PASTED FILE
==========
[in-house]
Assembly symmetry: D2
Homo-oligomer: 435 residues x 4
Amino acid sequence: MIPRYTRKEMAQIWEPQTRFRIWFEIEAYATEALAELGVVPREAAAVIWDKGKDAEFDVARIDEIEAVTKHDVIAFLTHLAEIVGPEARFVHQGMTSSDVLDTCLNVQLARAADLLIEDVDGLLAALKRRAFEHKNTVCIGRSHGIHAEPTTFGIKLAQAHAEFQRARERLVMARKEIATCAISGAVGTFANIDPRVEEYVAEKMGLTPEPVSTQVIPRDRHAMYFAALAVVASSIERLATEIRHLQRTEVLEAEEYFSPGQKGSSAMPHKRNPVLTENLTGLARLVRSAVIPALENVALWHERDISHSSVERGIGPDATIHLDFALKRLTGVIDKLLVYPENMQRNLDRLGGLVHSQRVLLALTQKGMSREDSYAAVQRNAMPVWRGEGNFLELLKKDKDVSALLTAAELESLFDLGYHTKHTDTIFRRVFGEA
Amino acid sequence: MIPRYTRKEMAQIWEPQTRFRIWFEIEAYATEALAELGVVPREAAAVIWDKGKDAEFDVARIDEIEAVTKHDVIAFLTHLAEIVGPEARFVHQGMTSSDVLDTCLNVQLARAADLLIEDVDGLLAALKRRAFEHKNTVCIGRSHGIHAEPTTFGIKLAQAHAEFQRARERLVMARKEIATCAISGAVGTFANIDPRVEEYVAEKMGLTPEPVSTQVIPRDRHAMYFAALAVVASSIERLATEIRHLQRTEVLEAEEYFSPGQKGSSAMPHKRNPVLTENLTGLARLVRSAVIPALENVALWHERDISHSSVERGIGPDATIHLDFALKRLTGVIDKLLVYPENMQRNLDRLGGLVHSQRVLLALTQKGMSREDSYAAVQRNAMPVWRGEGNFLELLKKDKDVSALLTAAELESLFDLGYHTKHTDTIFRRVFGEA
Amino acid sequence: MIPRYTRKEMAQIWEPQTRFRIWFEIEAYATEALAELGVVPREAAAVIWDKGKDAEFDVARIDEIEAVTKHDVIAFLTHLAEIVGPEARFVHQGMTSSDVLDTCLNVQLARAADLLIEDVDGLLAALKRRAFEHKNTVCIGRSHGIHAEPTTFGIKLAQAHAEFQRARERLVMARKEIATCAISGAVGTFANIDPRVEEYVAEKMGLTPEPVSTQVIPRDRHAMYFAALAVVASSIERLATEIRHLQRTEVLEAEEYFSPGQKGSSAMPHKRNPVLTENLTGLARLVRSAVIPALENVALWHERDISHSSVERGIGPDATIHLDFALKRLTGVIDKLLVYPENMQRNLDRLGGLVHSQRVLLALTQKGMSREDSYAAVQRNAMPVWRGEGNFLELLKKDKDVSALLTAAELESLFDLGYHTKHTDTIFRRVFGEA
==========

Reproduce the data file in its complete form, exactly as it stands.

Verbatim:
[in-house]
Assembly symmetry: D2
Homo-oligomer: 435 residues x 4
Amino acid sequence: MIPRYTRKEMAQIWEPQTRFRIWFEIEAYATEALAELGVVPREAAAVIWDKGKDAEFDVARIDEIEAVTKHDVIAFLTHLAEIVGPEARFVHQGMTSSDVLDTCLNVQLARAADLLIEDVDGLLAALKRRAFEHKNTVCIGRSHGIHAEPTTFGIKLAQAHAEFQRARERLVMARKEIATCAISGAVGTFANIDPRVEEYVAEKMGLTPEPVSTQVIPRDRHAMYFAALAVVASSIERLATEIRHLQRTEVLEAEEYFSPGQKGSSAMPHKRNPVLTENLTGLARLVRSAVIPALENVALWHERDISHSSVERGIGPDATIHLDFALKRLTGVIDKLLVYPENMQRNLDRLGGLVHSQRVLLALTQKGMSREDSYAAVQRNAMPVWRGEGNFLELLKKDKDVSALLTAAELESLFDLGYHTKHTDTIFRRVFGEA
Amino acid sequence: MIPRYTRKEMAQIWEPQTRFRIWFEIEAYATEALAELGVVPREAAAVIWDKGKDAEFDVARIDEIEAVTKHDVIAFLTHLAEIVGPEARFVHQGMTSSDVLDTCLNVQLARAADLLIEDVDGLLAALKRRAFEHKNTVCIGRSHGIHAEPTTFGIKLAQAHAEFQRARERLVMARKEIATCAISGAVGTFANIDPRVEEYVAEKMGLTPEPVSTQVIPRDRHAMYFAALAVVASSIERLATEIRHLQRTEVLEAEEYFSPGQKGSSAMPHKRNPVLTENLTGLARLVRSAVIPALENVALWHERDISHSSVERGIGPDATIHLDFALKRLTGVIDKLLVYPENMQRNLDRLGGLVHSQRVLLALTQKGMSREDSYAAVQRNAMPVWRGEGNFLELLKKDKDVSALLTAAELESLFDLGYHTKHTDTIFRRVFGEA
Amino acid sequence: MIPRYTRKEMAQIWEPQTRFRIWFEIEAYATEALAELGVVPREAAAVIWDKGKDAEFDVARIDEIEAVTKHDVIAFLTHLAEIVGPEARFVHQGMTSSDVLDTCLNVQLARAADLLIEDVDGLLAALKRRAFEHKNTVCIGRSHGIHAEPTTFGIKLAQAHAEFQRARERLVMARKEIATCAISGAVGTFANIDPRVEEYVAEKMGLTPEPVSTQVIPRDRHAMYFAALAVVASSIERLATEIRHLQRTEVLEAEEYFSPGQKGSSAMPHKRNPVLTENLTGLARLVRSAVIPALENVALWHERDISHSSVERGIGPDATIHLDFALKRLTGVIDKLLVYPENMQRNLDRLGGLVHSQRVLLALTQKGMSREDSYAAVQRNAMPVWRGEGNFLELLKKDKDVSALLTAAELESLFDLGYHTKHTDTIFRRVFGEA